• The Speculative Noir Double Feature

    Two of my shorts are now bundled as the Speculative Noir Double Feature on Amazon. The bundle contains A Few Regrets and Exit Zero. Woohoo!

    Also, for those of you who still haven’t signed up for my mailing list, I frequently send out sneak peeks and link to awesome short stories and authors that you should be reading. So yeah, you should sign up.

  • Liars' League NYC - Hinchinbrook

    On Wednesday, 3rd June (tomorrow) at KGB Bar in the East village, my short story “Hinchinbrook” will be read to a room full of strangers. It’s part of an ongoing series called Liars’ League NYC that pairs trained actors with—and I’m quoting here—emerging and established writers.

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  • Work is for Dopes

    During June of 2006 I was visiting an old friend of mine in India. He was a former teacher and I tracked him down online a year before. Tim had left the Anchorage school district under a cloud of controversy. Rather than push the boulder back uphill, he decided to pack everything and move to India, with a few years’ detour through southeast Asia.

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  • Excerpt: The Joys of Bartending

    A little excerpt from a bar scene in that never-ending project that I’m working on.

    A girl that looked like she had been assembled in a white person factory was waving her hand at Alex. She had the nervous energy of a Yorkshire Terrier and the same dumb beady eyes.

    “Okay, like, I want. Girls? What are you having? Okay. I want. Vodka soda. Wait—no. Vodka diet Sprite. Do you have Grey Goose? It’s okay. Ketel. Okay, like shit. One Ketel Diet Sprite, one but light, one—wait, Courtney, what? Ew. Sure. And one Jack and Coke. Got that?” She waved a credit card.

    Alex grimaced and took the card from her. “Keep it open?”

    “Close it. Hey?”


    She fluttered her eyes and gave a fake baby smile. “Make it strong, kay?”

    This was pretty much what it was like to be a bartender.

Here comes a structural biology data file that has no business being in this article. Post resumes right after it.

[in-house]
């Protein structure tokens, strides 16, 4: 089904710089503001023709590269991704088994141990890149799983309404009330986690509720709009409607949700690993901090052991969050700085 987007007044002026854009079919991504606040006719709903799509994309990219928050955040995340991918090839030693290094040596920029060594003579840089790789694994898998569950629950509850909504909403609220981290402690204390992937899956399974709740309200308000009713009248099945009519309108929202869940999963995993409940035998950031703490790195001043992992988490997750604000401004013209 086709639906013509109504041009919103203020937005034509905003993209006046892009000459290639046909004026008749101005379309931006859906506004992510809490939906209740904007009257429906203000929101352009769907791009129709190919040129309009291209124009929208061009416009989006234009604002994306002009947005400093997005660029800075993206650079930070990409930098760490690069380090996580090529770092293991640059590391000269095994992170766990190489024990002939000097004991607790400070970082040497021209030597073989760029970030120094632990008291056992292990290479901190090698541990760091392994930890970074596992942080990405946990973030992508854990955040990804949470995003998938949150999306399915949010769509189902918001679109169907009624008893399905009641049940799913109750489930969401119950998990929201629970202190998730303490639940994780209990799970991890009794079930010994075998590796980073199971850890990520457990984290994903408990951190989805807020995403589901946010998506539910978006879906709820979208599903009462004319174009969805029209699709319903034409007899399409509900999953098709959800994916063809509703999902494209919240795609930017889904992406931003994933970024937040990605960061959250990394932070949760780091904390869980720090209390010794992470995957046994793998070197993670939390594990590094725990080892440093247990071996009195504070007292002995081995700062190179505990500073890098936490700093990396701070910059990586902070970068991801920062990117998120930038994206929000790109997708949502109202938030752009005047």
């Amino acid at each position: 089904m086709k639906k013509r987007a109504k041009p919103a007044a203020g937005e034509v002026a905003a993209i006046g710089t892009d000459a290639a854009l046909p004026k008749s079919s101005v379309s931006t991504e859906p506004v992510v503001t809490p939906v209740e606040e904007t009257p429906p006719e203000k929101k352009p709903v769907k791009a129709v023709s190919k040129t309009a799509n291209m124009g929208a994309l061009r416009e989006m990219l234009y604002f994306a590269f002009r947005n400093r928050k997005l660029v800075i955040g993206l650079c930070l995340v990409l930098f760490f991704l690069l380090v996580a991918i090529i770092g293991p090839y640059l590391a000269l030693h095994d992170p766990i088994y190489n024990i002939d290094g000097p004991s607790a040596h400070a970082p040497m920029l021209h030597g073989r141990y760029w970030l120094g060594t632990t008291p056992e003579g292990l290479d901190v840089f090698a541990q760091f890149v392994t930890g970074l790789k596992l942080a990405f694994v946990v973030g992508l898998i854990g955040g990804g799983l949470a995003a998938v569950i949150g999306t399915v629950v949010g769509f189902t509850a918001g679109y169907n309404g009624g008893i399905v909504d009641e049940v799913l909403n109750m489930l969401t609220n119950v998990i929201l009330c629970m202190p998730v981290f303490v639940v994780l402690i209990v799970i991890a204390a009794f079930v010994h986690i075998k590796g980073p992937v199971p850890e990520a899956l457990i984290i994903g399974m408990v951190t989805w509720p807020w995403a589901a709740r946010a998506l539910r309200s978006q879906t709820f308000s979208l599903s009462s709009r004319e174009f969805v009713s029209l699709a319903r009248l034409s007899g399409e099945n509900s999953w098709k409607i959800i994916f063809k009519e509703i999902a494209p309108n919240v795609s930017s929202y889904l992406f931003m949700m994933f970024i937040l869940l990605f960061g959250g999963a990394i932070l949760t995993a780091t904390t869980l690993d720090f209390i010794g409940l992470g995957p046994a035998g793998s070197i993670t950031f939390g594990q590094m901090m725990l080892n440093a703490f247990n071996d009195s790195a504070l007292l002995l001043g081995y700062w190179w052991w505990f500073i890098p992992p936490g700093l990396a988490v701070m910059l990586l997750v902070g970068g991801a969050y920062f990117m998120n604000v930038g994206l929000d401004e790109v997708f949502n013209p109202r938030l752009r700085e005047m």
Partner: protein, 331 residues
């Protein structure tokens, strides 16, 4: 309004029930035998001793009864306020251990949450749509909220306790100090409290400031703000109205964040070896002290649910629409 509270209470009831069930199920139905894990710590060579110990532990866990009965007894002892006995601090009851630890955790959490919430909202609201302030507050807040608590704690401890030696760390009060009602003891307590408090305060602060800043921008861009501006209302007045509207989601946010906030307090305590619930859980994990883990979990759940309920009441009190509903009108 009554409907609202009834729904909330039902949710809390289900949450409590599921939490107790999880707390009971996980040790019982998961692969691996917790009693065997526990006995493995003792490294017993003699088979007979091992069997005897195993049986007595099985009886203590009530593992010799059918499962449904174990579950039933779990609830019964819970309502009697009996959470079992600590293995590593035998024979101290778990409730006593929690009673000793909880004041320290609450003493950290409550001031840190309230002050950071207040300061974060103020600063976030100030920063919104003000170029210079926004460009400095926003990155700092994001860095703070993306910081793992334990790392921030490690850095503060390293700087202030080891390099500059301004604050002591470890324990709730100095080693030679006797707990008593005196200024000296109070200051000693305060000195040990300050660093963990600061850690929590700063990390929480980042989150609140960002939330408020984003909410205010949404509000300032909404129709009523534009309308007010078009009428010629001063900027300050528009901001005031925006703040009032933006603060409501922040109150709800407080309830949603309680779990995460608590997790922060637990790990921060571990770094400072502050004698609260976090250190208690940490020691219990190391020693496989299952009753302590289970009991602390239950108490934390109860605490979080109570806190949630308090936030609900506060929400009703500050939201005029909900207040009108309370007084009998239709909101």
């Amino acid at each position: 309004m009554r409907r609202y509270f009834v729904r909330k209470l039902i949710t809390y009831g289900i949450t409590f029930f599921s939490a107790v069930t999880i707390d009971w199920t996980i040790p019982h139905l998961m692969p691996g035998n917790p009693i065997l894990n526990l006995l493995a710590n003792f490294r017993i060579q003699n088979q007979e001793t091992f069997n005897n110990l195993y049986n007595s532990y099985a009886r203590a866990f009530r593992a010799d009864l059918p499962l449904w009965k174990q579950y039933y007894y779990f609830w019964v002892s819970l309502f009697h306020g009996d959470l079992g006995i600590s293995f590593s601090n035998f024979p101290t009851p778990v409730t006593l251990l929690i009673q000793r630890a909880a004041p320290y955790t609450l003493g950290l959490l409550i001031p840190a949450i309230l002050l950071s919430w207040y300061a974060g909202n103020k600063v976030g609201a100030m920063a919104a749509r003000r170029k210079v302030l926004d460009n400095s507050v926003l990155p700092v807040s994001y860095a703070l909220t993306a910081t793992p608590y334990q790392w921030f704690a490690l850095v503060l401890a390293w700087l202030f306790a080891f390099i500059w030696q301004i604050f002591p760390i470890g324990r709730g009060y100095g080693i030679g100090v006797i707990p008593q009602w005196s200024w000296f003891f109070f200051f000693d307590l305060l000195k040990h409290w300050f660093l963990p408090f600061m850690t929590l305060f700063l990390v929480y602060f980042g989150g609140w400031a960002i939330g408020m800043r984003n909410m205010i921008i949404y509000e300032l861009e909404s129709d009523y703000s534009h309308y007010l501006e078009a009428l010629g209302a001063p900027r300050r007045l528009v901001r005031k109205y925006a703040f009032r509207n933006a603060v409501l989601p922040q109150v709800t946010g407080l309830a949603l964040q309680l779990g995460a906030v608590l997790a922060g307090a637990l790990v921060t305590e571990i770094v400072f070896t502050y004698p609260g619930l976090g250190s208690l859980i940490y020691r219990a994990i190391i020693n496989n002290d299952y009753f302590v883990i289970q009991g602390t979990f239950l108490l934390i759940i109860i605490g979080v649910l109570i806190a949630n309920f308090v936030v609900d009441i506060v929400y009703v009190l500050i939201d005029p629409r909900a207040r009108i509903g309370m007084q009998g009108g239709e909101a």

• How to improve your wordcount

    I am not a fast writer, but I would love to be one. Luckily it turns out that for a slow writer like myself, there are a few techniques that not only boost my word count, but help me to plot a more coherent story in general. If you happen to be a natural writing wizard who cranks out thousands of words per day, this post might not be for you. Which is fine, because fuck wizards.

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  • How do you finish a novel?

    A while back on Reddit a user made a post asking "How do you actually finish a story/book [or come up with plots]?"

    Good question.

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  • New Blahg!

    Lookit all this, a shiny new blog! I’ve finally moved off Tumblr, which was a great platform but I felt like it was time to move on. Along with the change of platforms, I’ve also decided to approach this blog from a different angle. I’ll be posting more often and many of my posts will have to do with the writing process. I know, I know, just what the world needs, another navel-gazing writer writing about writing. Sorry about my narcissism. Smooches.

    The other big shift is that I’ll be moving most of my short stories off the site. Where are they going? A few of the lucky ones will end up on Amazon after some heavy editing. The rest, well, sometimes you just gotta do that quality control thing. I’ve already done this with John Is Dead. It’s all about experimentation.

    As for the new blog platform, luckily I have a few nerd superpowers so I can use tools like Jekyll to author my posts and Amazon S3 for hosting. The upshot of going this way is that I have a lot more freedom to format this site how I like, and hopefully I’ll do a bit better in the search engine rankings as well. The extra freedom will allow me to experiment more with things like SEO, mailing list signups, and whatever else springs to mind.

    Cheers and thanks for being one of the literally dozen of people who read my blog.

  • chill time

  • Alex went to the table and opened the bottle. It burned in that just-too-clean way that Irish whiskey tends to. Each whiskey has its medicinal uses. Scotch for reflection. Bourbon for exhilaration. Irish for desperation.
    —The novel project that I’m working on.

  • As a model of this western world, grounded in the relativity and ambiguity of things human, the novel is incompatible with totalitarianism.
    —Milan Kundera, The Art of The Novel

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